Paging God

Meet the Author Wendy Cadge is associate professor of sociology at Brandeis University.  Her work focuses on religion in the contemporary United States with an emphasis in how such relates to healthcare, immigration and sexuality.  Cadge is the author of two books: Heartwood: The First Generation of Theravada Buddhism in America (2005) and Paging God: Religion in the Halls of Medicine (2012). Book Basics Health-care is a near universal value in America with average per person spending Read More …

Review of The God Problem

Meet the Author Robert Wuthnow is the Gerhard Andlinger Professor of Social Sciences and Director of the Center for the Study of American Religion at Princeton University.  Wuthnow is widely published in the areas of sociology of religion, culture and civil society.  His recent books include After the Baby Boomers:  How Twenty-and Thirty-Somethings Are Shaping the Future of American Religion (my review) and Boundless Faith: The Global Influence of American Churches (my review).  For more Read More …

Review of The Triumph of Christianity

Meet the Author Since 2004, Rodney Stark has been a University Professor in Social Sciences and the Co-Director of the Institute of Studies of Religion at Baylor University.  Stark is an American sociologist of religion who previously taught for over thirty years at the University of Washington.  He has published 30 books and more than 140 scholarly articles, mostly on religion.  One of his recent books, What Americans Really Believe (2008), has been reviewed on this blog (click here to read Read More …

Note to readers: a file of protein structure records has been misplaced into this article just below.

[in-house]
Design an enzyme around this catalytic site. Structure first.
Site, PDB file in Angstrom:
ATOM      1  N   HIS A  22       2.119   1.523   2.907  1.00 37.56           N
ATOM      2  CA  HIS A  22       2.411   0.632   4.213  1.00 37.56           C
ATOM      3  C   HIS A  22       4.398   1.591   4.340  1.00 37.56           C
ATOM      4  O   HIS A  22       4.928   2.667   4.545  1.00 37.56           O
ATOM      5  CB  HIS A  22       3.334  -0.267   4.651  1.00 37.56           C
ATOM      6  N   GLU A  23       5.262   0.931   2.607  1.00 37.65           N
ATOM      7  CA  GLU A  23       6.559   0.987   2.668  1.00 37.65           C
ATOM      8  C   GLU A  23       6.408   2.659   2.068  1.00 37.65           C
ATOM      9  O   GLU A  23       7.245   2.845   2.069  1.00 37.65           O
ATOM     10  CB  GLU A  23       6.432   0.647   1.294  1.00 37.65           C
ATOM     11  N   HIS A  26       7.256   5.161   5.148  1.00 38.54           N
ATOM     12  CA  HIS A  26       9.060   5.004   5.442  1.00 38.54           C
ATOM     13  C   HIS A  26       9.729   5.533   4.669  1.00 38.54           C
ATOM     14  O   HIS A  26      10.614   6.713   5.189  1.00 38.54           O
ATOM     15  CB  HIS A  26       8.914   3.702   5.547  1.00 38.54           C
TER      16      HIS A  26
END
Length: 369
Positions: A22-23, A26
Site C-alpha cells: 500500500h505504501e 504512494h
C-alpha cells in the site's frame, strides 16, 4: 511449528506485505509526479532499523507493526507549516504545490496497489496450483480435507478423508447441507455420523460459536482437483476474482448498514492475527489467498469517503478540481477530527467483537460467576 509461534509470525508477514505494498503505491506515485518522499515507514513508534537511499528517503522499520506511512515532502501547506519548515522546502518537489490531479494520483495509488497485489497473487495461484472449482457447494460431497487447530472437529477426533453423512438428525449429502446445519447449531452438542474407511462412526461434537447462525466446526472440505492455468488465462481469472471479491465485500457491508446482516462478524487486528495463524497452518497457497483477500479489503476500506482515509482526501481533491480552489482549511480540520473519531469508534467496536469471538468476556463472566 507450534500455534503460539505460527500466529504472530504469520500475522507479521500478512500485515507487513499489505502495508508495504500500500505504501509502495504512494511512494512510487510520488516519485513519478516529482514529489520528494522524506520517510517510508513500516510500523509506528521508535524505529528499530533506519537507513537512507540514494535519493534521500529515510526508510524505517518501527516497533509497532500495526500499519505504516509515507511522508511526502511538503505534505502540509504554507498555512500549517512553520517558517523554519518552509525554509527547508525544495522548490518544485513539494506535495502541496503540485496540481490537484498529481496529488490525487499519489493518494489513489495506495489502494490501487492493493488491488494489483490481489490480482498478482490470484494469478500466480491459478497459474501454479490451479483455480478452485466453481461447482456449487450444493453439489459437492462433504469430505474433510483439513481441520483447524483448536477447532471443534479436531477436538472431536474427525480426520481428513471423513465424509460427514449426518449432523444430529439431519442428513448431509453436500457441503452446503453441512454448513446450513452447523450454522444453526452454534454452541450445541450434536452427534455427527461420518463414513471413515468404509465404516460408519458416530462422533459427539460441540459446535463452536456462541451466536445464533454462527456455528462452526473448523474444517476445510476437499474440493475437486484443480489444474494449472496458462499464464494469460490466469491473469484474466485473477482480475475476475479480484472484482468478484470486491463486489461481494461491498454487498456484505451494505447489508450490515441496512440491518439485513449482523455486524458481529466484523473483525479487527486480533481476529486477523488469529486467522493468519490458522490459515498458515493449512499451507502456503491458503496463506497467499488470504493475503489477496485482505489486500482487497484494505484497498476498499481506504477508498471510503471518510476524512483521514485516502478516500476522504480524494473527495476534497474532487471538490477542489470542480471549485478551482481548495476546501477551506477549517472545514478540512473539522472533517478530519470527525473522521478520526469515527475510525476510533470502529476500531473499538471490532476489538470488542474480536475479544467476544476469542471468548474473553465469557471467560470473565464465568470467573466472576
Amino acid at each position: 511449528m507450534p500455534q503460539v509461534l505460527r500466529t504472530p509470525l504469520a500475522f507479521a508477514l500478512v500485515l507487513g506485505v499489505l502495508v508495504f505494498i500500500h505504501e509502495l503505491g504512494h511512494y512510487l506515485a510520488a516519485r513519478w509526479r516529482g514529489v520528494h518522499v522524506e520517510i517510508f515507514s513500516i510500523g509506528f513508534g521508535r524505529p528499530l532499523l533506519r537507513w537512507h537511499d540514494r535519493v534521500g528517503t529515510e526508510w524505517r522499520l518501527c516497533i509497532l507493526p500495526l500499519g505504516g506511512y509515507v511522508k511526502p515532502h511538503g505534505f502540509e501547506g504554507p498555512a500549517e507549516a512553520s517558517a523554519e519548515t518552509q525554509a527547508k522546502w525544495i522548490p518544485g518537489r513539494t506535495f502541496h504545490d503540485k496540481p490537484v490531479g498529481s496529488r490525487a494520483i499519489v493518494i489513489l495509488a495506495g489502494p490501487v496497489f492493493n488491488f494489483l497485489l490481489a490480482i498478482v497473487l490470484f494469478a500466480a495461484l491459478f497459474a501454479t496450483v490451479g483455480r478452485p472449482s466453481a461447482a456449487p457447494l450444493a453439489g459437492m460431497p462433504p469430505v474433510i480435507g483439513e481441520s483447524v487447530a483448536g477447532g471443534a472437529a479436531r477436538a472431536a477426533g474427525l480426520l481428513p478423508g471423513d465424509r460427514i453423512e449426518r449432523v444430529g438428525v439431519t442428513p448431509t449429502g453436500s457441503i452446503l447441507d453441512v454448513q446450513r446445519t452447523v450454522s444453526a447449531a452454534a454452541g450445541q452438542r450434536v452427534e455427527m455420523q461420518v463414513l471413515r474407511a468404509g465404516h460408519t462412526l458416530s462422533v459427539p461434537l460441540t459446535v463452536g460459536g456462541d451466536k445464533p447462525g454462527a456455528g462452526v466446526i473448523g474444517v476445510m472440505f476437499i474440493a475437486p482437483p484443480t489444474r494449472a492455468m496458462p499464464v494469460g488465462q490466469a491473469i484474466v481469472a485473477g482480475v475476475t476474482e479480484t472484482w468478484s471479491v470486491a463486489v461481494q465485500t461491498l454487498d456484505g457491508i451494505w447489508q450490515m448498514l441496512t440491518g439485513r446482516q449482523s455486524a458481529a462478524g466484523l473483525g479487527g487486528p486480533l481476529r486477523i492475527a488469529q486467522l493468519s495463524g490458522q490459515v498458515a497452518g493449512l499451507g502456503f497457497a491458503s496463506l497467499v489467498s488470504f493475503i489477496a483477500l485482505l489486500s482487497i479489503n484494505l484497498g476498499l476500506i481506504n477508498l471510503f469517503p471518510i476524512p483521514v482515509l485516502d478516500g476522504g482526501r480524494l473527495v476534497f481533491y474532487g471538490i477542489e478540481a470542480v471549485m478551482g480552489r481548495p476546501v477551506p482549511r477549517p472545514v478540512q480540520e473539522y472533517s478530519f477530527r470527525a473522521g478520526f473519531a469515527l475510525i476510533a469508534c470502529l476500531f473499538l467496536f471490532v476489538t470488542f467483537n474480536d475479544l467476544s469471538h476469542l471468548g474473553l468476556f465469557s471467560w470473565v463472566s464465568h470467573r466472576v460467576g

High Levels of Education and Religion

The claim that as levels of education increase levels of religious belief and practice decrease is stated so often that many simply assume it is true.  Earlier this year, I shared Barry A. Kosmin's (Trinity College) work that provides substantive data suggesting the relationship between religion and education is far more complex than this generalization.  In fact, in some areas those with post-graduate degrees have higher rates of belief or practice than those with less education, Read More …

The End of Mary

Philip N. Cohen, professor of sociology at the University of North Carolina at Chapel Hill, recently wrote two posts (A and B) on his blog about the declining popularity of the name Mary.  To put the trend in perspective he offers these remarks: For the first time in the history of the United States of America, the name Mary is not in the top 100 given to newborn girls. Mary was the #1 name every year in the Social Security name database from 1880 — it’s first year — to 1961 (except for Read More …